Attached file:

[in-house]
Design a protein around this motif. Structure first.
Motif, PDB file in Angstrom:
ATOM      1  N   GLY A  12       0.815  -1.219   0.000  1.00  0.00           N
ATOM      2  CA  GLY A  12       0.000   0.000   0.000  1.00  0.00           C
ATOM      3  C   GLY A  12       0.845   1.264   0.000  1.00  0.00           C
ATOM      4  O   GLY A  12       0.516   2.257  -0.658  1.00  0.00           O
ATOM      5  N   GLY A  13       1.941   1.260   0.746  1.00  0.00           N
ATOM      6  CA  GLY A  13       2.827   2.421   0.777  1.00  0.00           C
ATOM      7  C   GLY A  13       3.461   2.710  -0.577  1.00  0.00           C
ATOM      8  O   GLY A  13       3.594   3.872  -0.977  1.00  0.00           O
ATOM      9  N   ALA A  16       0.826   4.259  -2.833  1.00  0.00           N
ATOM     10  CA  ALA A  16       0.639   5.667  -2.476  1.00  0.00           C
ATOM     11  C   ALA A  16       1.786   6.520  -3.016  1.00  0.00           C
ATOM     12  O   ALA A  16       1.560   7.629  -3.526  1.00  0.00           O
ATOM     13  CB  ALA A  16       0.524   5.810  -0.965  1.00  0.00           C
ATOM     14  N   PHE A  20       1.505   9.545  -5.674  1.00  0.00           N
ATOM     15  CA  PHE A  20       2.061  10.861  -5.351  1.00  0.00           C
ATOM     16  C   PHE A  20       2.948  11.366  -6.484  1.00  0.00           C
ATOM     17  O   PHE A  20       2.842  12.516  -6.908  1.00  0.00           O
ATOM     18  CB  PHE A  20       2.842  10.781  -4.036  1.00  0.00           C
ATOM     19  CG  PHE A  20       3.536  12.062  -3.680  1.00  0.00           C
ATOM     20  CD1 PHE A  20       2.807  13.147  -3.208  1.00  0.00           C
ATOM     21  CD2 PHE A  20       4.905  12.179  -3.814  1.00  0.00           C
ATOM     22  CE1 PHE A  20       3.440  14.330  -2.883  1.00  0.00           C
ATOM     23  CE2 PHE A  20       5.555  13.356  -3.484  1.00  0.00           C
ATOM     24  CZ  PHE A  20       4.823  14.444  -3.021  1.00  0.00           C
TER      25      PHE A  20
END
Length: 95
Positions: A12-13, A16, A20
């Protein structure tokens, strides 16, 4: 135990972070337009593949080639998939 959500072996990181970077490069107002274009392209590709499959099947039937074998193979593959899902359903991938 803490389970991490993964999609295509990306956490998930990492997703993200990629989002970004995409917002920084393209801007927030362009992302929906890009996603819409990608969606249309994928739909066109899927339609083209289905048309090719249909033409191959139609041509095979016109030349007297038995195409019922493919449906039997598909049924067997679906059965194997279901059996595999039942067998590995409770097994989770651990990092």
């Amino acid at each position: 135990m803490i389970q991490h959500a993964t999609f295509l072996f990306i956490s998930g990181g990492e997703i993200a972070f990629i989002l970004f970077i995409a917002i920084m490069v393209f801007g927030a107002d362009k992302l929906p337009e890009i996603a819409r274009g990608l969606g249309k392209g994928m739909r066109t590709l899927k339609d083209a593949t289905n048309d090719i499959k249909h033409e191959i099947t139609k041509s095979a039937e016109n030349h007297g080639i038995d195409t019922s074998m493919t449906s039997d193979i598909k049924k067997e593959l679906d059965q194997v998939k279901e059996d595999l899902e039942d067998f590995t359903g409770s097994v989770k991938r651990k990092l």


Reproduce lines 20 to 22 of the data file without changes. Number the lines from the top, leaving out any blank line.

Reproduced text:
ATOM     17  O   PHE A  20       2.842  12.516  -6.908  1.00  0.00           O
ATOM     18  CB  PHE A  20       2.842  10.781  -4.036  1.00  0.00           C
ATOM     19  CG  PHE A  20       3.536  12.062  -3.680  1.00  0.00           C